One of the reasons I was excited to take part in the Pistols and Pollinators Project was that I work a lot from Art and I saw this as an opportunity to work with an artist. I’ve been really fortunate in being paired with Hermione Allsopp, as we both had exactly the same reaction to the project brief – we wanted to produce something together that was specific to the site of the installation. There are lots of other valid ways to interpret the brief – so it’s lucky that we had a similar attitude.
Over the last few years, as well as reacting to Art in exhibitions and from the web, I’ve attended Pascale Petit’s workshops at Tate Modern. These are extraordinary courses which allow participants to see exhibits after hours in the gallery and to take part in games and exercises Pascale has devised to encourage writing. One of the important skills in writing from Art is to take the piece or a part of it as a jumping off point – the poems that work well access something in the writer’s experience that is triggered by the art. So the finished poem isn’t a description of the art, and doesn’t necessarily represent the ideas the artist intended to convey in their piece.
Poets can agonise over when they should use “after” and when they shouldn’t. When are the images, ideas or structure provided by the artist so integral to the poem that they should be attributed in this way? For me, typical librarian-come-academic, it’s important to cite, but it’s also important not to mislead a reader of a poem. So it’s absolutely vital that my poem ‘Mappa’ (Tate Online Anthology 2012) should be “after Alighiero Boetti” because so much of the imagery comes from his work and my experience viewing it for the first time. On the other hand, my poem ‘The Kiss’ (Envoi 160, November 2011, p. 34) contains nothing of Rodin’s artwork, but came out of a workshop exercise in which Pascale asked us to write about an important first kiss.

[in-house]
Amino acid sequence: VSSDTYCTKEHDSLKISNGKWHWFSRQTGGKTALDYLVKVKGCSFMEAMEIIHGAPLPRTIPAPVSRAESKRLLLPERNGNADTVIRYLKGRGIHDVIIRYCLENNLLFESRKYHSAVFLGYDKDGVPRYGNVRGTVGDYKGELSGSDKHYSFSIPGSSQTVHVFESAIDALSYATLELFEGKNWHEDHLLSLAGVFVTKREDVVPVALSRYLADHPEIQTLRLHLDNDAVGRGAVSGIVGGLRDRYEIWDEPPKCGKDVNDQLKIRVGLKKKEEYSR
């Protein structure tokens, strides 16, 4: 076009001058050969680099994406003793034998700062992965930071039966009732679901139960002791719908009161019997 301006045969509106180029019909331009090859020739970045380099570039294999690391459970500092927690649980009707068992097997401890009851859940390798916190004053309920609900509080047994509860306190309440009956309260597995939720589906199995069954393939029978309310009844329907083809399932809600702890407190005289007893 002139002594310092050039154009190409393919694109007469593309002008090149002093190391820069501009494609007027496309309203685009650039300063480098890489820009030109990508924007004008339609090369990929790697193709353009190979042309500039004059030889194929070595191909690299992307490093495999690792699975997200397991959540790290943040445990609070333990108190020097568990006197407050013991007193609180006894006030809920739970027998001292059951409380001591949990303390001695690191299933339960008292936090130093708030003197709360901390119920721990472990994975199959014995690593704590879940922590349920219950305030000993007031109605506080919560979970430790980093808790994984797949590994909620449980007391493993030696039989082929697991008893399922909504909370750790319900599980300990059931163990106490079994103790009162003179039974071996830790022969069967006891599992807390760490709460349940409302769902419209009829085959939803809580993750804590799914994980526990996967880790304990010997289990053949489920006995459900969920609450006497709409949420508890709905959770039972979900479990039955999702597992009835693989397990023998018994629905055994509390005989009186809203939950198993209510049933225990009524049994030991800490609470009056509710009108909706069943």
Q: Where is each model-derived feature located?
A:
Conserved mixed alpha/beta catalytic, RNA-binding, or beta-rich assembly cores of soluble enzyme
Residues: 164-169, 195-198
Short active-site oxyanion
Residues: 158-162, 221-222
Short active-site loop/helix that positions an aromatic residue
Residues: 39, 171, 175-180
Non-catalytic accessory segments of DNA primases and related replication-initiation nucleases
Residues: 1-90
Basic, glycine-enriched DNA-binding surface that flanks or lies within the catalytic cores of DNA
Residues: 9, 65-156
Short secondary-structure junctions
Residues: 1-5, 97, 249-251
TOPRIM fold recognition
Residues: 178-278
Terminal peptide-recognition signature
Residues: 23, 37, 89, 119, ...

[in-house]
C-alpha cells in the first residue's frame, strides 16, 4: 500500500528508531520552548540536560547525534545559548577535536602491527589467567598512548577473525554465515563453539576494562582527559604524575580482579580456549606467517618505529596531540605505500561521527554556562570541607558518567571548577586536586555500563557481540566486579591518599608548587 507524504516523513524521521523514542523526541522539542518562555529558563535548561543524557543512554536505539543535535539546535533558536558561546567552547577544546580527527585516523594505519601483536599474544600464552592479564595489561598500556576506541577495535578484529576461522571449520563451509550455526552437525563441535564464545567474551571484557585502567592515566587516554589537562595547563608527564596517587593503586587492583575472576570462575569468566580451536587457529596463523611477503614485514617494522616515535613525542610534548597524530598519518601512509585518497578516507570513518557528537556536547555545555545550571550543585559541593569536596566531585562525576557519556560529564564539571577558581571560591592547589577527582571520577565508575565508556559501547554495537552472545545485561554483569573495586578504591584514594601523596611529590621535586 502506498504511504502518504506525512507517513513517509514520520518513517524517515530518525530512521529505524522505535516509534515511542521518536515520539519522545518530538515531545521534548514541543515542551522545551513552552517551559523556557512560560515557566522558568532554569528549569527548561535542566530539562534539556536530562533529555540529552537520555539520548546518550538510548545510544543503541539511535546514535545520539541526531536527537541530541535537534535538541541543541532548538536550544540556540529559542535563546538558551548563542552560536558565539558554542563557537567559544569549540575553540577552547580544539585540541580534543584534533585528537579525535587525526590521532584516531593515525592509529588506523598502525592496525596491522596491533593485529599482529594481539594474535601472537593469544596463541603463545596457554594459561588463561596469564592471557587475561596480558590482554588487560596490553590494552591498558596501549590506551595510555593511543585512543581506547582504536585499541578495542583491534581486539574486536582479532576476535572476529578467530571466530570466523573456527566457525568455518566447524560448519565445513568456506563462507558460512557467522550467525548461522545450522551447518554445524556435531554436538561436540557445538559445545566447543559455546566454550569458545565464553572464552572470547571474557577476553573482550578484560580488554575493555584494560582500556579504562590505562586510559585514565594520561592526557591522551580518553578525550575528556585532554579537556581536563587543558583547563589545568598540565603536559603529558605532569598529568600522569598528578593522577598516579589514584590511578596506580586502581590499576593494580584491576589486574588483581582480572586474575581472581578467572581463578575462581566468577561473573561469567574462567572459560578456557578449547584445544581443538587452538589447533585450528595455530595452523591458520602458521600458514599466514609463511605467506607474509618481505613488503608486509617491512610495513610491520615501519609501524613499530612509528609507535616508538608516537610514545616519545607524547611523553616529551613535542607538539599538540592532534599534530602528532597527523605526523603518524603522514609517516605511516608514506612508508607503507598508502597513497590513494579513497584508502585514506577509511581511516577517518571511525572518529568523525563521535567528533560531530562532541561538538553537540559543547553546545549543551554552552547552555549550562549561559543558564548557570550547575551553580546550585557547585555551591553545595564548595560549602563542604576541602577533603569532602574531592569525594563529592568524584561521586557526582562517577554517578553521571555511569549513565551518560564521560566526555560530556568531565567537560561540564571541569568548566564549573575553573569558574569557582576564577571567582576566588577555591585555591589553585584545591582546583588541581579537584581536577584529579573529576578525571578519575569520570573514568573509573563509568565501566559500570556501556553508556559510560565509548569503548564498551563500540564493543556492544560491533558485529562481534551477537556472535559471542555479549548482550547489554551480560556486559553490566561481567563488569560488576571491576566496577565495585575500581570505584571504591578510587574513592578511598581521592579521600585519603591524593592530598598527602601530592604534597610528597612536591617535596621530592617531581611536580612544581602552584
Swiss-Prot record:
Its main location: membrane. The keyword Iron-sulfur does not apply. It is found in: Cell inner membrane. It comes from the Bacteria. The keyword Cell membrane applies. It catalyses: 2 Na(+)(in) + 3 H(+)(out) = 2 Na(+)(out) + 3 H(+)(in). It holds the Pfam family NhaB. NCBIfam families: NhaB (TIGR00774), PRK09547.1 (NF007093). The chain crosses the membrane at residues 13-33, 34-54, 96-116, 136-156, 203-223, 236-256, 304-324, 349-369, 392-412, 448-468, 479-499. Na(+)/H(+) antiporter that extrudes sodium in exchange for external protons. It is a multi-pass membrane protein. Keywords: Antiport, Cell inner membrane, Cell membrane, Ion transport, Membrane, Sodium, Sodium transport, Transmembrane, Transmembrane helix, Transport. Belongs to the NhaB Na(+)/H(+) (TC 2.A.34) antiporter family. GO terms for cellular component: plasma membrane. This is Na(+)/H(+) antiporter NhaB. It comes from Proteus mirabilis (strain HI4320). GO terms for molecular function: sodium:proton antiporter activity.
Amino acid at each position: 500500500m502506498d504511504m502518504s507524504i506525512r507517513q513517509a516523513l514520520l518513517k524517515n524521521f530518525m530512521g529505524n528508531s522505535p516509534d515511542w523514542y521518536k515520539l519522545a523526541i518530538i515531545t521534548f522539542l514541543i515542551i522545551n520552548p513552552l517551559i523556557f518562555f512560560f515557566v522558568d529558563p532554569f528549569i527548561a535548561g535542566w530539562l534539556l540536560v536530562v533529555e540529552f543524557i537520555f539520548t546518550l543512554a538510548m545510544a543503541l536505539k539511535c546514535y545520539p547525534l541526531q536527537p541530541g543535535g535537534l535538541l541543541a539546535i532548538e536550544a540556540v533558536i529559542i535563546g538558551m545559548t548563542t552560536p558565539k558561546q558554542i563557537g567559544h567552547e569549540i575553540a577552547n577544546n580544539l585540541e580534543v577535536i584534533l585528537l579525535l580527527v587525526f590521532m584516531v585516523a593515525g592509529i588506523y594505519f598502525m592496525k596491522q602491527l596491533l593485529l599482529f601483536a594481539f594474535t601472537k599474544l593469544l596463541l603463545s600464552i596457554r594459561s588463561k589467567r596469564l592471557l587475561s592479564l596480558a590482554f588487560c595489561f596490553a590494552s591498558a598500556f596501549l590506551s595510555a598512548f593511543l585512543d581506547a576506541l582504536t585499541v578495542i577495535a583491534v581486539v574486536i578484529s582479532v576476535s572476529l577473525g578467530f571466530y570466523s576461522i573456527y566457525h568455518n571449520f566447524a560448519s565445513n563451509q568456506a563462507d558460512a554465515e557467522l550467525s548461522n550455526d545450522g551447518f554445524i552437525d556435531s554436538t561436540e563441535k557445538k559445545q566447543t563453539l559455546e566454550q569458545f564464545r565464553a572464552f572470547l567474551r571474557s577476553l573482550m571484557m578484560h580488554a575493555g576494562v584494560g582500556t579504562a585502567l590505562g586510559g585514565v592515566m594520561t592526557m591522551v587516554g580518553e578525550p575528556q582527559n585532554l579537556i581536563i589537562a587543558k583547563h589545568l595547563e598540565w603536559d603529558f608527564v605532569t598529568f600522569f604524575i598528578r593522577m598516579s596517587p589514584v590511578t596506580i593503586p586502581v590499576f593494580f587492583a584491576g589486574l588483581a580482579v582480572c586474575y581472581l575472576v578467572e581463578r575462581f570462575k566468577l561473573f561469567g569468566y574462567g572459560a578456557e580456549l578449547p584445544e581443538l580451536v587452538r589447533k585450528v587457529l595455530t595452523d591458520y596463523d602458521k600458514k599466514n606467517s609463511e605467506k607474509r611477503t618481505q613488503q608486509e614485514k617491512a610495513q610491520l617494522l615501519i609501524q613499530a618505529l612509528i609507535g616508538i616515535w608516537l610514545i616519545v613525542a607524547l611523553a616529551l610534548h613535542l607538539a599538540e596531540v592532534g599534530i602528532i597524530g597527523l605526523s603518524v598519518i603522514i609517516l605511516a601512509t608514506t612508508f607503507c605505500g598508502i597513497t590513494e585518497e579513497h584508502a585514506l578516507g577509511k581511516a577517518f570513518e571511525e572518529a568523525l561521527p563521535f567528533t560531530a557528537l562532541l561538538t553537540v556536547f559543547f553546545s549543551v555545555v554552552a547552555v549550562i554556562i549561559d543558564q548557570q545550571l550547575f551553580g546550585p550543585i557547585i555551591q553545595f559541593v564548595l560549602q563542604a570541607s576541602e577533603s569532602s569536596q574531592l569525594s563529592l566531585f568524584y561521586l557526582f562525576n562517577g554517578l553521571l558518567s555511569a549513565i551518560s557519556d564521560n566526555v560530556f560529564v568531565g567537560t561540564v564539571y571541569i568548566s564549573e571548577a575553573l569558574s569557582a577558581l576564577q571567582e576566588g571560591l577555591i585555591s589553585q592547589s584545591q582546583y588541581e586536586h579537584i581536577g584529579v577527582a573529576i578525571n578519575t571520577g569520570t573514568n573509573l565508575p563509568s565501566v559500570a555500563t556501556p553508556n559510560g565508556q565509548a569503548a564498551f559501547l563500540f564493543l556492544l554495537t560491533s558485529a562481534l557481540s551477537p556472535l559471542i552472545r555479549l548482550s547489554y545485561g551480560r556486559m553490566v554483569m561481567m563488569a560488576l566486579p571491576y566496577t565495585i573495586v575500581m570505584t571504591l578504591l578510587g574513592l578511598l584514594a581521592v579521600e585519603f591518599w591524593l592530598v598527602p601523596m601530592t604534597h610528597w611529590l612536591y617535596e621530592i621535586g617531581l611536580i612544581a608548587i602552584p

Unsurprisingly, I see writing from Art as a kind of marginalia – the artist has created their work and the poet is responding to it, in much the same way that we respond to text in its margins … and then some of the marginalia grows into its own piece of writing, always owing something to its originating text. It’s a conversation in which the artist makes the opening statement and, unless the poem becomes very well-known, they may never be aware of the poet’s response.
In working with Hermione, the conversation is much more fluid and responsive. In the case of the particular piece on which we are working, sometimes one of us is “speaking” and sometimes the other, and we are listening and responding to each other, growing an artwork together. Right now, the work consists of structures in Hermione’s studio and drafts of text on my MacBook. The result will be a shared idea, poetry with Art, not poetry after it.